This course of action would be consistent with that line of thinking that it is easier to add features later than to remove them, allowing currently unsettled questions to be settled later rather than foreclosing them for the limited purpose of allowing higher order functions to return usually uncallable closures.


Generally +1 except for the same concern that @xwu expressed above, about higher-order functions. I don't usually comment on swift evolution threads but this one jumped out at me when reading the proposal.

"This decision should be considered in the context of generalized some syntax, which we are likely to implement in the future" sounds good to me (that's in "Alternatives considered"), but it seems like that should mean we don't allow (some P) -> () yet, to avoid that later discussion being overly constrained by source breakage.

I see the argument (paraphrased) "we shouldn't prevent stuff just because we think it's mostly useless" from the same section, but I don't see explicitly the counterargument, "perhaps we should prevent this particular stuff to reserve space we know we need for later decision-making." The proposal should certainly make that decision-making visible in "Alternatives considered", and I hope it can be reversed.

  • Is the problem being addressed significant enough to warrant a change to Swift?
  • Does this proposal fit well with the feel and direction of Swift?

Yes, both in itself and as part of the larger effort to broaden and smoothen all the generic-related type features.

  • If you have used other languages or libraries with a similar feature, how do you feel that this proposal compares to those?


  • How much effort did you put into your review? A glance, a quick reading, or an in-depth study?

Read carefully

Dropping by to share that I just had someone looking to adopt swift list this as one of the blockers in a design they were trying out and they very really excited to see this pitched :slight_smile:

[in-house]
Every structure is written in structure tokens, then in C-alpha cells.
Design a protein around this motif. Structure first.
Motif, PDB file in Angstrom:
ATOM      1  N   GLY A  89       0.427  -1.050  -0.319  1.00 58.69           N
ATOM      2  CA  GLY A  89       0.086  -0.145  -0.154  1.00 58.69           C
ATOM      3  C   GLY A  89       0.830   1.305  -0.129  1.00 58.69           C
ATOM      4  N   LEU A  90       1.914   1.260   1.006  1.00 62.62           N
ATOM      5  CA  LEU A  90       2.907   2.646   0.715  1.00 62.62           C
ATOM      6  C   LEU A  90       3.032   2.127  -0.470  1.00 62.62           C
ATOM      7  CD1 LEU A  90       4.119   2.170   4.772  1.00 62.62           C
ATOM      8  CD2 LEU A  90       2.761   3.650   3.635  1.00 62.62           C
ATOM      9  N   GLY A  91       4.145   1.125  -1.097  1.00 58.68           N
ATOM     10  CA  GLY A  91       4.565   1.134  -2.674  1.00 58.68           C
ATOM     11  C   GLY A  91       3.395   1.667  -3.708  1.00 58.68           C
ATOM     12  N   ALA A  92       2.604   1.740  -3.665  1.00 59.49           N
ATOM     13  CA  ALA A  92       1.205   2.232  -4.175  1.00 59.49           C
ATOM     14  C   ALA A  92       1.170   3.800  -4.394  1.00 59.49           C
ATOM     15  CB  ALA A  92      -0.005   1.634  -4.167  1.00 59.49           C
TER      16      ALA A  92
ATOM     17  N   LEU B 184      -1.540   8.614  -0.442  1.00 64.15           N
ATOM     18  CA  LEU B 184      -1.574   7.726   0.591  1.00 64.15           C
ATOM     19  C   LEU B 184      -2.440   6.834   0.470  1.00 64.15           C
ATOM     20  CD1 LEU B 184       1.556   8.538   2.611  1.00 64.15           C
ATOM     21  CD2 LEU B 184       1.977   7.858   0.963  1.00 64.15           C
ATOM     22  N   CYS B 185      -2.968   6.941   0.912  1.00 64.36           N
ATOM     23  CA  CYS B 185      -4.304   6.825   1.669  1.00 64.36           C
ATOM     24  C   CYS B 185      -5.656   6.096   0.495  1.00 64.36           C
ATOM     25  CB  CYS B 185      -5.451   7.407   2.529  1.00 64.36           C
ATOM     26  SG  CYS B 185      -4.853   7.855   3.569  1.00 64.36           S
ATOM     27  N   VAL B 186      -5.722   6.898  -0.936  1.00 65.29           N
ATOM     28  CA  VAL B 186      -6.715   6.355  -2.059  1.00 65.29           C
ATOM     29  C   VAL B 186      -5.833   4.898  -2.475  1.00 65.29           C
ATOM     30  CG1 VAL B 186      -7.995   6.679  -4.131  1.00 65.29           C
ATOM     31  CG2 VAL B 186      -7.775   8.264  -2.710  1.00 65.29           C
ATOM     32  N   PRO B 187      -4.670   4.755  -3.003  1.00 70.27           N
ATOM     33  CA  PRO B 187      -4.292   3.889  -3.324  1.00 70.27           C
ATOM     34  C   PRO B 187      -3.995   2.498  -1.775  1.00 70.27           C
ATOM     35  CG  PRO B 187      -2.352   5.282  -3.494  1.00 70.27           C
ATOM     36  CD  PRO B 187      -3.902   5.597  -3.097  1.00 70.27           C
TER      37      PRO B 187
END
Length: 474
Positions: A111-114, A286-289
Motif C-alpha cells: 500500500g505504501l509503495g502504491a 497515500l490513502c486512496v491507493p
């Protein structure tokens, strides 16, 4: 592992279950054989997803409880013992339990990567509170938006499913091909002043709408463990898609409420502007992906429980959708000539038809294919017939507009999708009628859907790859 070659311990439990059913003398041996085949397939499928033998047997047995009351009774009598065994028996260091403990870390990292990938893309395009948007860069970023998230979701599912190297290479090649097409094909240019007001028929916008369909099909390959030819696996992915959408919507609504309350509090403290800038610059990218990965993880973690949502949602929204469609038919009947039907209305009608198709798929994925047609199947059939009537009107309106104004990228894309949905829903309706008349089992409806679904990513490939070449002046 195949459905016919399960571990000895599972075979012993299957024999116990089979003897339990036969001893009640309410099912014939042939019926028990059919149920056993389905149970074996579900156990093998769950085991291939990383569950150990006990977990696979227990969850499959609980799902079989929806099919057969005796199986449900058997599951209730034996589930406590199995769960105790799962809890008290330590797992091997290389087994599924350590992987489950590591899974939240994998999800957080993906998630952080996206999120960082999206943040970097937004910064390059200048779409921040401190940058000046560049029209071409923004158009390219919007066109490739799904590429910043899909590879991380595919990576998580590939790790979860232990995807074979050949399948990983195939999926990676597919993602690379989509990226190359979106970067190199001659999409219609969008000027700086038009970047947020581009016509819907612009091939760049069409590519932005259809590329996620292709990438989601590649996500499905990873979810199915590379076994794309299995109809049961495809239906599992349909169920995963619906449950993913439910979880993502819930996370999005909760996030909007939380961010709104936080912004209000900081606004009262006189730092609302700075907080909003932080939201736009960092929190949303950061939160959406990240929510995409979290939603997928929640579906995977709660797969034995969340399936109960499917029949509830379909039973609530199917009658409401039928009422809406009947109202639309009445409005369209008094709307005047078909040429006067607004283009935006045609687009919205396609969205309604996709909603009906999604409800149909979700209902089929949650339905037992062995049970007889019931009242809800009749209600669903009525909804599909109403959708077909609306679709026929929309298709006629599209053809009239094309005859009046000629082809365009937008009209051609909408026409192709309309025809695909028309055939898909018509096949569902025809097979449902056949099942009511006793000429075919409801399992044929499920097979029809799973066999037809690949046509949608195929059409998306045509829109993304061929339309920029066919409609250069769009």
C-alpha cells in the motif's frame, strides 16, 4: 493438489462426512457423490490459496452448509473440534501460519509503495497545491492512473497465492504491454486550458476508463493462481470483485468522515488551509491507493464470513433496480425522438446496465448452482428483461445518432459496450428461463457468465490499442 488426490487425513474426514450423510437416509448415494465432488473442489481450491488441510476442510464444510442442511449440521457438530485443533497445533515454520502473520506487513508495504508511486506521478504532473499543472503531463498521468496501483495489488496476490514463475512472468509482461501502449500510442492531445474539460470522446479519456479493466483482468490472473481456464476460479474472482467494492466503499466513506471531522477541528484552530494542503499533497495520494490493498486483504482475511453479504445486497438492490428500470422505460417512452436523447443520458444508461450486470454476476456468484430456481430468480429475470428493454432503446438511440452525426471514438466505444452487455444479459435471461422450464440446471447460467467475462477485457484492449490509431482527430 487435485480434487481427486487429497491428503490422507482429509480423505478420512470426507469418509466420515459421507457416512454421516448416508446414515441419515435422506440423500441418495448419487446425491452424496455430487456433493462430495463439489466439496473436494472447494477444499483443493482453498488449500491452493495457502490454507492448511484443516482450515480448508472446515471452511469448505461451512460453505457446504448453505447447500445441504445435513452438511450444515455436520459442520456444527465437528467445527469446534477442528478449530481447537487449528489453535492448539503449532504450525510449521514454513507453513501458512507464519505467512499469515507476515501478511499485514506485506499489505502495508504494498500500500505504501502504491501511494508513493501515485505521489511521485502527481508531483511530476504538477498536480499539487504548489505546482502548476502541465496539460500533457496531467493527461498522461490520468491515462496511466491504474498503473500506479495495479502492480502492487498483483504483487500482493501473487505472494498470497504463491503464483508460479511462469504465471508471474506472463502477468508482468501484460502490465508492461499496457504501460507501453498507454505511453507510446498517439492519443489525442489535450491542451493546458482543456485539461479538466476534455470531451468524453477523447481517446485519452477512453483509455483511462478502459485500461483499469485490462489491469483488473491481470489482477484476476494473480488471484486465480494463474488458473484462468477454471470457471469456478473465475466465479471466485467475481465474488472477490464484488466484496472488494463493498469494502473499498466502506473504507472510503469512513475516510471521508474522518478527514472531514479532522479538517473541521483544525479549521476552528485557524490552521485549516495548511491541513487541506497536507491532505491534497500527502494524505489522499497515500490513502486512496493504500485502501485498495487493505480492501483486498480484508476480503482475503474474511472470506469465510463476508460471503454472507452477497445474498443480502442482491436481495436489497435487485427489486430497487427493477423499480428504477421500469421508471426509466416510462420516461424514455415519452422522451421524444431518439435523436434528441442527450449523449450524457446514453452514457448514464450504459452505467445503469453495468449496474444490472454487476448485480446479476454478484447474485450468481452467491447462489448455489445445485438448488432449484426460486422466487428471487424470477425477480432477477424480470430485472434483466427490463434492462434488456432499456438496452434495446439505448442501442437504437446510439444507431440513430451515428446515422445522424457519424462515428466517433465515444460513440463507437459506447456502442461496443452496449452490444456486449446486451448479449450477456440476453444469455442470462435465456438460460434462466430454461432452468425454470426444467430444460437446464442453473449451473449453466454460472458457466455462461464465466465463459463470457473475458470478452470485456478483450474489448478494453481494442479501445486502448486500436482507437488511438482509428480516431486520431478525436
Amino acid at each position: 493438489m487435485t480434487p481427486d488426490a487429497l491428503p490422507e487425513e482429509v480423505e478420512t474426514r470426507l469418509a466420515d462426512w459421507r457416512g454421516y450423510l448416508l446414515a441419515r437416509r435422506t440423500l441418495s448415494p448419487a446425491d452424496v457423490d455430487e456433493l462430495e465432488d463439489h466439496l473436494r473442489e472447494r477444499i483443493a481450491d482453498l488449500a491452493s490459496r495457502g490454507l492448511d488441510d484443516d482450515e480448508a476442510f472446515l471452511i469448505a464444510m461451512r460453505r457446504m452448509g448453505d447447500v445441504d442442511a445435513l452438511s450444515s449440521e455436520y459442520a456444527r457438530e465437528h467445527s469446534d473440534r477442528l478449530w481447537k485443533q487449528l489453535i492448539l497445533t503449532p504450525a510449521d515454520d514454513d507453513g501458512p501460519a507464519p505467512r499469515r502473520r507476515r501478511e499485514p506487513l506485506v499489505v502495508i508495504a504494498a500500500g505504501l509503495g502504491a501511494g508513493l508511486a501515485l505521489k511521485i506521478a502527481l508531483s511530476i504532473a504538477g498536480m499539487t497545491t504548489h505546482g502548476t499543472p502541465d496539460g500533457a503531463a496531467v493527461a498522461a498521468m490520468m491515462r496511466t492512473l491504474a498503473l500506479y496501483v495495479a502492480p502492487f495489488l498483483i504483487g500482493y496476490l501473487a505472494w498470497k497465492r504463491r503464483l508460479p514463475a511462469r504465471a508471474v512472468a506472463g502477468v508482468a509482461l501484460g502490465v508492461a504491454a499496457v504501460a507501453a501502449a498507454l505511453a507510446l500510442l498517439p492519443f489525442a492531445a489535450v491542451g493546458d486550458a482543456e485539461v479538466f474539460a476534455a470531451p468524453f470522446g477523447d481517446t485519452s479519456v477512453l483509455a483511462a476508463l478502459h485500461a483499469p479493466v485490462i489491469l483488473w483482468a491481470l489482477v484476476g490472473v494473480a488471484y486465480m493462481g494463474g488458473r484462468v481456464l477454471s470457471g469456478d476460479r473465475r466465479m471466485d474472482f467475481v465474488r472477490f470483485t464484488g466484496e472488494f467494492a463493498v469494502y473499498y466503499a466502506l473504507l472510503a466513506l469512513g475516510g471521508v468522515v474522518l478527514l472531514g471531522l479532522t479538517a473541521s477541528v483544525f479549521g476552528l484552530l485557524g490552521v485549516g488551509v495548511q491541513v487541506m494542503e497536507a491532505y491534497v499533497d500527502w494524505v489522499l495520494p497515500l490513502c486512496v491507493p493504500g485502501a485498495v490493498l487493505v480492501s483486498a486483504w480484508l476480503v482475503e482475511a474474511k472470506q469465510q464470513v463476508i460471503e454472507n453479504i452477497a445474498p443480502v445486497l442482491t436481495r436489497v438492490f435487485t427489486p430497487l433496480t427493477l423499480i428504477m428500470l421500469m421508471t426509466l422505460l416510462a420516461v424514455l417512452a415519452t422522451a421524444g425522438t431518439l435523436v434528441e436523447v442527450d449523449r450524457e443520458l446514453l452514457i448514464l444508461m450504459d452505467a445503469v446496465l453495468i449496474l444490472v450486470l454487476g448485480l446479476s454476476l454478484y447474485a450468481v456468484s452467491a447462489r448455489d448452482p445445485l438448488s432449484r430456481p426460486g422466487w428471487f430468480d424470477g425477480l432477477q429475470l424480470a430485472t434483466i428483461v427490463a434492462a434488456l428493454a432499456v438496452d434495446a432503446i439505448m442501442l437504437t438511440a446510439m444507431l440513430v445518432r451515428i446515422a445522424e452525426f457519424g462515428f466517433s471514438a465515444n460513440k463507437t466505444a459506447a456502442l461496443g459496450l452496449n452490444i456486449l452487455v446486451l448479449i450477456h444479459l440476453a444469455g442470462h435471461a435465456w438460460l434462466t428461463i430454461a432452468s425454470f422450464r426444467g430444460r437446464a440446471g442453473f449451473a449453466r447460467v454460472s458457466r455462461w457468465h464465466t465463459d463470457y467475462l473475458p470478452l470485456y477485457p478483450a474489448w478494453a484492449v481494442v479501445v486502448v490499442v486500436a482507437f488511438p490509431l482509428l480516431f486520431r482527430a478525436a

Read through myself as well and looks great, looking forward to this limitation be lifted!


That is certainly an important point re the usual relative precedence of unary operators.

On the other hand, one could make a persuasive counterargument that this doesn’t have to hold—and shouldn’t—for non-symbolic unary operators:

Obviously, Swift isn’t a natural human language, nor do its operators exactly parallel math operators, but where possible we prefer fluent APIs and operators with behaviors that don’t run counter to their elementary school usages, for readability, intuitiveness, etc.

Therefore, consider, given the following natural language phrase:

How’s it going?

The only natural parsing is “(How’s it going)?” and not “How’s it (going?)”. By the same token, some P? reads naturally as (some P)?, and would not read naturally as some (P?) even if it were supportable. Perhaps we just need to adopt the Spanish punctuation rules: ¡some P! :upside_down_face:

Thank you for the precise summary of previous conversation (here). I appreciate it :bowing_man:

I think we should consider that the addition of T<some P> will increase the number of functions that takes reverse generic argument. For example, consider Array<some Numeric>. Calling append method must require reverse generic argument.

var array: Array<some Numeric> = [0, 1, 2, 3]
// it requires reverse generic argument

With more examples of reverse generic argument, this proposal will strengthen the argument that some P should be used for reverse generic arguments, even if we rule out to use bare some P in argument position.

Again, I don’t think this is the thread to discuss that topic, but for clarity, I’m not sure I understand why this is a “reverse generic argument”:

The underlying element type is fully determined by the type of array, which is passed in as self by the caller.


FWIW, I disagree. The whitespace disparity to me strongly indicates that the ? binds to the P rather than to some P. I suspect I could eventually train myself to read it otherwise, and yes I can reason through why the some (P?) reading is nonsense, but it would introduce a slight cognitive load when parsing that form, and I don't see a great reason why it needs to be allowed simply because we can parse it unambiguously in the compiler.


I don't aim to discuss that, neither.

About the word 'reverse generic argument' is a bit confusing, sorry. I wanted to express 'it behaves as if taking reverse generic argument (or, opaque argument type)'.

I just mentioned that, if the number of reverse generic argument like behaviors increases, people will found it more strange that func foo(value: some P) takes generic argument. I tried to show that forbidding (some P) -> ABC and adopting this proposal isn't 'keeping unsettled' but makes situation changed a bit.

Maybe the simplest example is the next code. No one but the callee determines the argument type.